This is all speculation based on my field of expertise. Wish I could see the specs but cool regardless
Mastoras
5 / 5 (1) May 07, 2011
Do they have versions for those who are not cute Asian girls?
-.
James_Mooney
5 / 5 (6) May 07, 2011
Why am I not surprised this is invented in Japan?
For some strange reason, Japanese are the weirdest civilized nation on earth.


Oh well, they make cute stuff for women, and we make gatling guns. Maybe we're not that civilized.
hush1
1.3 / 5 (3) May 07, 2011
Great sense of humorous comments all around.
The message was subliminal. Music is a language too.
I'll translate:
"Buy me. Then, we will go out on a date." The rest is X-rated.
The overtones of the individual notes, (actually the overtones of the Japanese spoken language), played, were manipulated to sound like music. :)

Humans. Easy prey for science. Too late. The music/message planted. Subconsciousness's are people too.

Disclaimer: All not true. I'm fantasizing again. Or?
(They let me out of the psychiatric ward just long enough to post this) :)
fixer
5 / 5 (2) May 07, 2011
Connect them to hearing aids and they would be functional as well as hillarious.
Bob_Kob
1.5 / 5 (8) May 07, 2011
So instead of making machines to stop their nuclear reactors *ahem* chernoyblying, these make this useless crap
MorituriMax
1 / 5 (3) May 07, 2011
Sure, as cute as a clown.
sstritt
1.4 / 5 (7) May 07, 2011
So instead of making machines to stop their nuclear reactors *ahem* chernoyblying, these make this useless crap

Exactly what I was thinking....but maybe they need some stupid diversions right about now.
KBK
3.8 / 5 (10) May 07, 2011
So instead of making machines to stop their nuclear reactors *ahem* chernoyblying, these make this useless crap


You ignorance is showing through.

Open your mind.

The Americans designed (General electric corporation) and executed those plants.

If you understood the actual socio-economic deep hidden corporate and political considerations that brought about WWII, what happened in (and to) Japan, and what happened afterward, you'd find out that Japan was literally forced to take those nuke plants. This may also cascade into their location, as far as additional cast influence and designs go.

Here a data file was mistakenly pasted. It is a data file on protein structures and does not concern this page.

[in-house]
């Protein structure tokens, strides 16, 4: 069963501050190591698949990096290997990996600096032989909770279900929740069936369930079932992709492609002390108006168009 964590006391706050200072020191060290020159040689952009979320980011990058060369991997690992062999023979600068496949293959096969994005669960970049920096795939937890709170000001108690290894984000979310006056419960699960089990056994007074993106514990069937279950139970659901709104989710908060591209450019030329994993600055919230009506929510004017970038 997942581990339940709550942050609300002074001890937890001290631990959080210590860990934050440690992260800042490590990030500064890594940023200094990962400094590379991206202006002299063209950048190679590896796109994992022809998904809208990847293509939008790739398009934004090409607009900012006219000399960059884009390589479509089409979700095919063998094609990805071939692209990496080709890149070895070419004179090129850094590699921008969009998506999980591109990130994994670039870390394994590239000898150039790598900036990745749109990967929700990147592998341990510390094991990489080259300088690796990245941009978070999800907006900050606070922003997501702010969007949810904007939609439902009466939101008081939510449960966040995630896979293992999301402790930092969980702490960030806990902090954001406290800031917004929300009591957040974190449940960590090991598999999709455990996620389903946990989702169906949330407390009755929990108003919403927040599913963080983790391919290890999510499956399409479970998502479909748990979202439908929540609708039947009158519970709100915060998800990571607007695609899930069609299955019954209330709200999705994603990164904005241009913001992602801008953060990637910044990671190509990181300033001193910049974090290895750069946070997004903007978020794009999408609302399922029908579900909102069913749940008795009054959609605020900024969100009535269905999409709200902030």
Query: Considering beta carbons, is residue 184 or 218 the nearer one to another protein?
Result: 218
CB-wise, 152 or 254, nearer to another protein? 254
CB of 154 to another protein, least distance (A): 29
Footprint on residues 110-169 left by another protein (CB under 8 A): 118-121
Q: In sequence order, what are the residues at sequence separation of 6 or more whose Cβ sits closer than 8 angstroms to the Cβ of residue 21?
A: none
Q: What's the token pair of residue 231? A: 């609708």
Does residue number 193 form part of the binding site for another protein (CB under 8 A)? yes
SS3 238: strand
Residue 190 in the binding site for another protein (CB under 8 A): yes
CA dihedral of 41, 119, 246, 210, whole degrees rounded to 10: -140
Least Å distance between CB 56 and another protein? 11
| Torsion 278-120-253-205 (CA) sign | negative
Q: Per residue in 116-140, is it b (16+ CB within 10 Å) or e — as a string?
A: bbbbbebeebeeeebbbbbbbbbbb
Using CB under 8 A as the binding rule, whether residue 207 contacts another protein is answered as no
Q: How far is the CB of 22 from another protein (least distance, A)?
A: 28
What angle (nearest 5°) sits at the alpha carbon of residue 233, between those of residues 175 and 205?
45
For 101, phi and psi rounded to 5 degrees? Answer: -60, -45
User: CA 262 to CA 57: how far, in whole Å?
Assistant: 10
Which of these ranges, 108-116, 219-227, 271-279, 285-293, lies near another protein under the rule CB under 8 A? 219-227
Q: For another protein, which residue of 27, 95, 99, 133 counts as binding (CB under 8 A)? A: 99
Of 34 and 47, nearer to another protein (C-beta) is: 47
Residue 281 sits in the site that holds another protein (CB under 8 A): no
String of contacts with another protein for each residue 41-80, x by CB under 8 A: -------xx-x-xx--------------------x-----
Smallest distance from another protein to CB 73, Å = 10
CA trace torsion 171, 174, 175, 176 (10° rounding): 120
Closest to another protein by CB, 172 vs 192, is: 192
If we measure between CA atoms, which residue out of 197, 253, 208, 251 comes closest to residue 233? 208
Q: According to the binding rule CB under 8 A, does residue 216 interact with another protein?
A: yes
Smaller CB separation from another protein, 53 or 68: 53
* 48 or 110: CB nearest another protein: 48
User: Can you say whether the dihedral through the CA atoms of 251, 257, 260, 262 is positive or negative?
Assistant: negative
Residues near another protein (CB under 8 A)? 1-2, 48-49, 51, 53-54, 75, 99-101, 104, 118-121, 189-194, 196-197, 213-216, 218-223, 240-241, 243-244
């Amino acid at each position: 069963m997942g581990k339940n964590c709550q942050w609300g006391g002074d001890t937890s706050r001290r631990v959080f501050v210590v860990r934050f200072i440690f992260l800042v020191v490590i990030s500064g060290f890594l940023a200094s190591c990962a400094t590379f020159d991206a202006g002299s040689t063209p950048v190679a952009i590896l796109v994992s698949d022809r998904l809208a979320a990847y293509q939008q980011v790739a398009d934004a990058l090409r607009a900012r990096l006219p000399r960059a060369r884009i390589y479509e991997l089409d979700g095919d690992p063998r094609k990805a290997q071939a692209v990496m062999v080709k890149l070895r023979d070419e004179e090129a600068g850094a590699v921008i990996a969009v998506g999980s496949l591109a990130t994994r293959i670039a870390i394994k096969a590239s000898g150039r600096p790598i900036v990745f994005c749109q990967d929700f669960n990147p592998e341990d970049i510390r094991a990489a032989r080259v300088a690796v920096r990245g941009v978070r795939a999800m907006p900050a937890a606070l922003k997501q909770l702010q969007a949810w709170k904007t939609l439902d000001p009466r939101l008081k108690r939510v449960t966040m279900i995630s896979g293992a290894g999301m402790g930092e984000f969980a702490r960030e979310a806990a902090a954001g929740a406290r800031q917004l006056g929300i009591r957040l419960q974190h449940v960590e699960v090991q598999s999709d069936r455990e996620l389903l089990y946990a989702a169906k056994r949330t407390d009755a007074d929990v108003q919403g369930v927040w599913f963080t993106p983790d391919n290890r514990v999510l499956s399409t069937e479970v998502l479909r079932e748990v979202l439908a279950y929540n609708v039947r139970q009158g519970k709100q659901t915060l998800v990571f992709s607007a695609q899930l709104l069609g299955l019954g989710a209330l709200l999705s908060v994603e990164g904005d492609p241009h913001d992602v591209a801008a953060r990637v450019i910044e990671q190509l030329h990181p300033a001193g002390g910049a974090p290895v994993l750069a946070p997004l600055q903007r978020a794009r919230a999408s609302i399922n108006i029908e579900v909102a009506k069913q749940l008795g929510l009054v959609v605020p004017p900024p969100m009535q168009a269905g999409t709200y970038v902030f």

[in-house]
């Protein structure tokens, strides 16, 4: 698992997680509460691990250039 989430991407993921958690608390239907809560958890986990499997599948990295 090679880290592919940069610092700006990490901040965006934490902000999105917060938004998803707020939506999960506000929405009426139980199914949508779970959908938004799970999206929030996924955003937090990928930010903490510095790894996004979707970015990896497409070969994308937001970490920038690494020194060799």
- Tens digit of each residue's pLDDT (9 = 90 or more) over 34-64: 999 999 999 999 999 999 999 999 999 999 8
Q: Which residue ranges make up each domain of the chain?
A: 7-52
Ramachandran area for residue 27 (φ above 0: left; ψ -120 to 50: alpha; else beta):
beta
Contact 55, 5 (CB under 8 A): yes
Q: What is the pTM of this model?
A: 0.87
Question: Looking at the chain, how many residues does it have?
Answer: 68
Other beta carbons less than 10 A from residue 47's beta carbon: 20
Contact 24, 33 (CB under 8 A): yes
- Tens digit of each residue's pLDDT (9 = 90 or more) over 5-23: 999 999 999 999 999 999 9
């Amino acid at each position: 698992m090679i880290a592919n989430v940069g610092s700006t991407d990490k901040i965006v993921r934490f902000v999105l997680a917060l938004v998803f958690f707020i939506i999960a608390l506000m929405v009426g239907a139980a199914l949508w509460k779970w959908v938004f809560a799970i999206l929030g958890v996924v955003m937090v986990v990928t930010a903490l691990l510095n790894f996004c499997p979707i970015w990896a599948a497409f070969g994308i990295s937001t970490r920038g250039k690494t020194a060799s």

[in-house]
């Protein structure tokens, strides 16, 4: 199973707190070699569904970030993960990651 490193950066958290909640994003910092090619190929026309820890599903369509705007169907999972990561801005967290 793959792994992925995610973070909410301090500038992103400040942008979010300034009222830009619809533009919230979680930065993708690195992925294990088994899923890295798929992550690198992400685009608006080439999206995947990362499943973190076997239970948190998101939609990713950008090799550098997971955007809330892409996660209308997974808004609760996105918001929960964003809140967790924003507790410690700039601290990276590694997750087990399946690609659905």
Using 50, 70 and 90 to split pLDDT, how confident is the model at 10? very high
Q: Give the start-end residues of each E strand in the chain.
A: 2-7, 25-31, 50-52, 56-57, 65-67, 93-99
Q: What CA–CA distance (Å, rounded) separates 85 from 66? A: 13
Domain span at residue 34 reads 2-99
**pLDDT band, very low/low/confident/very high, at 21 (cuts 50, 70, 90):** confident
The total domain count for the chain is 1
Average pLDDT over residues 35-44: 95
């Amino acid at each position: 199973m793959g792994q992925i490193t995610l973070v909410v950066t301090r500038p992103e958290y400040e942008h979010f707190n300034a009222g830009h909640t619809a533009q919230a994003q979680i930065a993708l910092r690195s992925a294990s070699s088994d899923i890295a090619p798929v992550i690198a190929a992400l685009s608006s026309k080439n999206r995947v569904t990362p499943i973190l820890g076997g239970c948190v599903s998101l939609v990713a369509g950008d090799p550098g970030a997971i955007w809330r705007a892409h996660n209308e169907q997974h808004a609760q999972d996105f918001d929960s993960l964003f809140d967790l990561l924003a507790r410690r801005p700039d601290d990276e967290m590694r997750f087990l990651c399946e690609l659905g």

Those who look at history and these situation clearly, without emotions in the way, and with more depth than the public considers, they do end up seeing these realities far more clearly.

As you well know, what the public knows and understands is only very rarely the whole idea or only rarely the correct story and information (used to understand the ramifications-origins-directions).
hush1
2.3 / 5 (3) May 07, 2011
@KBK
With the humor distractions put aside, there is only word for your comment:
Agreed.

There is only one Japanese person I know thoroughly. We lived together for quite some time in Germany. We never conversed with each other in English or Japanese. Just German. And we spoke better German than most of the Germans we met. Germans from the highest to lowest profiles.

Looking back, I can say:
That segment of time was the greatest cultural diversity exchange I have encountered in my life.

Yes. A wonderful admonition.
Open your mind.

rwinners
3.7 / 5 (3) May 08, 2011
Hey, mood ears! Easier to read than that old fashioned ring.
dan42day
1.3 / 5 (3) May 08, 2011
Do they have versions for those who are not cute Asian girls?
-.


Yeah, I want a set with horns!
Husky
not rated yet May 08, 2011
ill hook it up to my shoulder launch missile pad
Gaf_Kerg
5 / 5 (2) May 08, 2011
"So instead of making machines to stop their nuclear reactors *ahem* chernoyblying, these make this useless crap"
Think about it for a bit. Do you really think that, collectively, Japan got together and said, who cares about the tsunami and all that stuff--let's design gadgets instead? Maybe you do think that. In fact, you probably are simple enough to believe that. But the world doesn't work that way. Japan hasn't closed for repairs, since their lives depend on working and producing just like the rest of the world and this company has probably been working on this for quite some time. It's not like the power plant safety issue was pushed down a list of things to do while someone invented this device. Just something to think about.
Ricochet
not rated yet May 09, 2011
I don't know that I'd use the word 'weird' myself, as that term has some pejorative connotations, but it is useful to note two things when thinking about the differences between Japanese culture and those of the rest of the world...


I remember from my Psychology textbook that described the main difference between American and Japanese cultures, being that whereas American culture is very individually centered, Japanese culture is group-centered. In other words, where Americans will generally associate certain events with their personal senses, like sights, sounds, tastes, etc., before those they were with and their reactions, Japanese people tend to associate events with the people they were with and their reactions before their personal senses.
poof
not rated yet May 09, 2011
What does it do when she takes it in the butt?
Bob_Kob
1 / 5 (2) May 10, 2011
@KBK I don't understand how that is relevant to what I said. The reactors are there. Doesn't matter if they were forced to have them, Japan is at the forefront of robotics, and yet in one situation that had a CRUCIAL role for robots to help contain the reactors there were no robots in site. They couldve put an asimo or whatnot there to operate controls remotely.
Ricochet
1 / 5 (1) May 10, 2011
Asimo was busy running around yelling, "Bee-dee-bee-dee-bee-deep! Oh No!!!"

Seriously, technology like this, while in this form can be considered a bit whimsical and useless, does pave the way for more serious applications of this technology. Take, for instance, that guy that had the face transplant. A modified version of this technology could, essentially, be used to enable "artificial" facial expressions with the mechanisms installed under the skin, tied to his brainwaves to enable them to move in line with what his natural reaction would be.